My biggest concern about Snowden's revelations is borne out in the comment section of any article by any journalist who is doing their job, which is to investigate the story and ask questions instead of just accepting things at face value. These journalists are routinely accused of trying to sideline the story about the extent of government hacking because they, themselves, must be government-paid hacks, as are any commenters who dare to ask relevant questions. Edward Snowden claims that all he really wanted was to start a discussion, but what kind of discussion can there be when his supporters, who range from privacy advocates and free-press protectors to libertarians, conspiracy theorists, social conservatives, are unwilling to discuss valid criticisms of the leaker, the process, or the outcome of the leaks beyond the fact that they unveiled a surveillance program that is in need of reform?
As I argued in my article on Snowden at Truthout.org, the character, actions, and motivations of Edward Snowden and other actors such as Glenn Greenwald and Julian Assange are as integral to the story as the information being leaked is. These aspects cannot be separated from the entirety of the situation. The means to an outcome are not separate from the outcome. To the contrary, they shape and color the outcome in ways that the actors do not foresee, and this has certainly proven to be the case here, where the outcome of leaking top-secret information with such major implications has led to a surreal drama that includes pitting journalists and even entire global regions sniping at each other – not exactly a path to increased peace and freedom in the world.
Fundamentalism and Big Brother alarmism
Now, I have done my share of angrily bloviating about the danger of secrecy to democracy. Something else strange that this story is doing to me is making me defend the surveillance state against Snowden's leak, seemingly contradicting my own strongly held beliefs and values. It troubles me greatly that I would come to disagree with such heroes of mine as Daniel Ellsberg, Amy Goodman, Naomi Klein, and many others about this issue, leading me to believe that I might be on the wrong track, that I might decide that I am wrong to feel the way I presently do. After all, I was deeply ashamed for having attempted to rationalize Obama's decision to enact the military surge in Afghanistan back in 2009 – although I would like to think that I learned from my mistake. In this Snowden case, I have longed to find a position that reconciles my feelings of discomfort with what Snowden is doing with my principles concerning the corrosive effects of secrecy on democracy. So after a great deal of hand-wringing and parsing out the issues, I have come to the conclusion that this is about secrecy fundamentalism, and that this fundamentalism, tied to his disdain for the federal government of the United States that is so prevalent among libertarians, has shaped Snowden into a misguided zealot whose choices are not in the best interest of addressing the problem he is trying to solve.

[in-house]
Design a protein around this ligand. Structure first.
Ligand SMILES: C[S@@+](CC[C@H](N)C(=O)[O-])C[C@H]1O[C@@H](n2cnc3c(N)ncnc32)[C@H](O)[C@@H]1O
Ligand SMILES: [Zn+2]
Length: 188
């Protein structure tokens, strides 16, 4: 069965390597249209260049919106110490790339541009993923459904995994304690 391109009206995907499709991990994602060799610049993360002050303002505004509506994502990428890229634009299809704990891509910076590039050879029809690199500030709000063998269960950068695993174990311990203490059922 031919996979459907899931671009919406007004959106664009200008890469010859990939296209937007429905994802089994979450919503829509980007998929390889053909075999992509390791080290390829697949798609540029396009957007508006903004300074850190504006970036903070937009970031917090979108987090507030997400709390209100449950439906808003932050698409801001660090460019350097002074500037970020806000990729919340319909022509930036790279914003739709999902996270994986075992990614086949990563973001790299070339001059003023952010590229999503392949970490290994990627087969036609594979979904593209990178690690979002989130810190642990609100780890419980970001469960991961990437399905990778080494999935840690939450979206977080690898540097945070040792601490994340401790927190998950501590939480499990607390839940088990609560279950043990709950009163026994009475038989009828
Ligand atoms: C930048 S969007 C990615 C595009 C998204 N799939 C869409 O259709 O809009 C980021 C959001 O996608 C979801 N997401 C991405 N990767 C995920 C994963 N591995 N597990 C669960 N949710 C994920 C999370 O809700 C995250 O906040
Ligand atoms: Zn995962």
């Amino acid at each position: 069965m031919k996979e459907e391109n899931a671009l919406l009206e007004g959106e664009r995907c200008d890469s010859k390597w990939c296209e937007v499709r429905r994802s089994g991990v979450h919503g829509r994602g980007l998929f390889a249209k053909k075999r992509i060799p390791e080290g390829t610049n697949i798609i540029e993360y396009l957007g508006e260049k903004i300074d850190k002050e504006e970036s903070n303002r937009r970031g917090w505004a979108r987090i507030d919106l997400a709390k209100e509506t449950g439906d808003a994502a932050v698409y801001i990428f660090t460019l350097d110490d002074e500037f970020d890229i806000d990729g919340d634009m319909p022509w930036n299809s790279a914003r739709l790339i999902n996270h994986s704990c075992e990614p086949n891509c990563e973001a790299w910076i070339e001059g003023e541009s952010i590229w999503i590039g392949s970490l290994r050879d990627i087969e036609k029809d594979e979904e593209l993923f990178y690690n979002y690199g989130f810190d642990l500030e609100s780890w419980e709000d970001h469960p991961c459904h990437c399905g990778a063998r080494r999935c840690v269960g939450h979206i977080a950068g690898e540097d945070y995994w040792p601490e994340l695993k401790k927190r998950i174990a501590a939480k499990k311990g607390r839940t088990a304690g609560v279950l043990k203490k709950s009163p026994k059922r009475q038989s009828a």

My realization that fundamentalism can be applied to concepts beyond religion came in regard to freedom of speech, when I developed the argument that the free-speech fundamentalism that exists in the United States means that Christian and Jewish fundamentalists are free to purposely incite fundamentalist Muslims to violence and conflict in order to fulfill a prophecy, while placing some limits on such dangerous speech is a valid way to promote peace and democracy.
Fundamentalism, the strict interpretation and adherence to a principle or ideology, is incapable of critical self-examination or adjustment to changing social values and situations. It is unsophisticated and anti-progressive, and in its reductionism, it poses a great danger when applied to complex subjects. State secrecy, I would argue, is a complex subject, and freaking out over the Orwellian nature of government surveillance results from an exaggeration of reality that is comparable to homophobic fears about the slippery slide to bestiality and the downfall of civilization. After all, in Bernie Sanders' interview with Chris Hayes, he didn't advocate for getting rid of all surveillance programs. Rather, he specified Section 215 of the Patriot Act and said that Congress needs to narrow its scope. He also raised concerns about information gathering by private companies and warned of an Orwellian future, meaning that he doesn't think it is so just yet. Bernie Sanders is probably the most principled man in the US Congress today, thanks to being independent from both political parties, but he exhibits his progressive bonifides by consistently showing that he is capable of moderating his positions when the process of passing legislation calls for it, such as when it came to passing the landmark Affordable Care Act in 2010. This is a concept that Tea Party conservatives just don't get, and it is exactly why they make such horrible legislators.
Avoiding fundamentalism is something that all self-respecting progressives should endeavor toward, because not doing so can lead to contradictions such as freedom advocates turning to countries with low rankings in civil and political liberties (i.e. Russia, Venezuela, Nicaragua, according to Freedom House) and/or in press freedom (Russia, Ecuador, Venezuela, according to Reporters Without Borders), while the Committee to Protect Journalists has Russia, Ecuador, and Brazil on its "risk list" of the top ten worst countries for press freedom in the world – for protection and support. "The enemy of my enemy is my friend" is a wartime philosophy that may serve in the short term but is not a sound long-term policy.